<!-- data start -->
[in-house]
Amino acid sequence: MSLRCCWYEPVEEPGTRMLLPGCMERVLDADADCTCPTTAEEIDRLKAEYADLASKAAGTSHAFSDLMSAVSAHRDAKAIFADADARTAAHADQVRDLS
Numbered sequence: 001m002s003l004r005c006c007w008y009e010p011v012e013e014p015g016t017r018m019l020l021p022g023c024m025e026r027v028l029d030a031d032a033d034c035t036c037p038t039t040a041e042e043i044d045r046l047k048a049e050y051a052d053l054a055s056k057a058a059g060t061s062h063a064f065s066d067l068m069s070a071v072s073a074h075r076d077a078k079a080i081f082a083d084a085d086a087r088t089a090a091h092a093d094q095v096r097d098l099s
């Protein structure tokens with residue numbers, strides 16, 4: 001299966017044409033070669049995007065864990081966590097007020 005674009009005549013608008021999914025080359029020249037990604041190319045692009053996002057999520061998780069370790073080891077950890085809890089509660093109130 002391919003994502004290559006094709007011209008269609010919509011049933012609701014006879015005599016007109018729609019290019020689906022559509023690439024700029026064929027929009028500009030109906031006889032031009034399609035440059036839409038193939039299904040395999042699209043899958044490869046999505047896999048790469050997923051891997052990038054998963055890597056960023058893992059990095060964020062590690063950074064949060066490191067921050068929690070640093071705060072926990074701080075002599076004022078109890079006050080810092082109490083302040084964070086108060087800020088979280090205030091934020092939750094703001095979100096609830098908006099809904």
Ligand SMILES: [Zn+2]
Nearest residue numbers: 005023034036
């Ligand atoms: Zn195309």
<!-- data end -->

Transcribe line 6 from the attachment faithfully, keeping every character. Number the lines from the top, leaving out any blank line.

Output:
Nearest residue numbers: 005023034036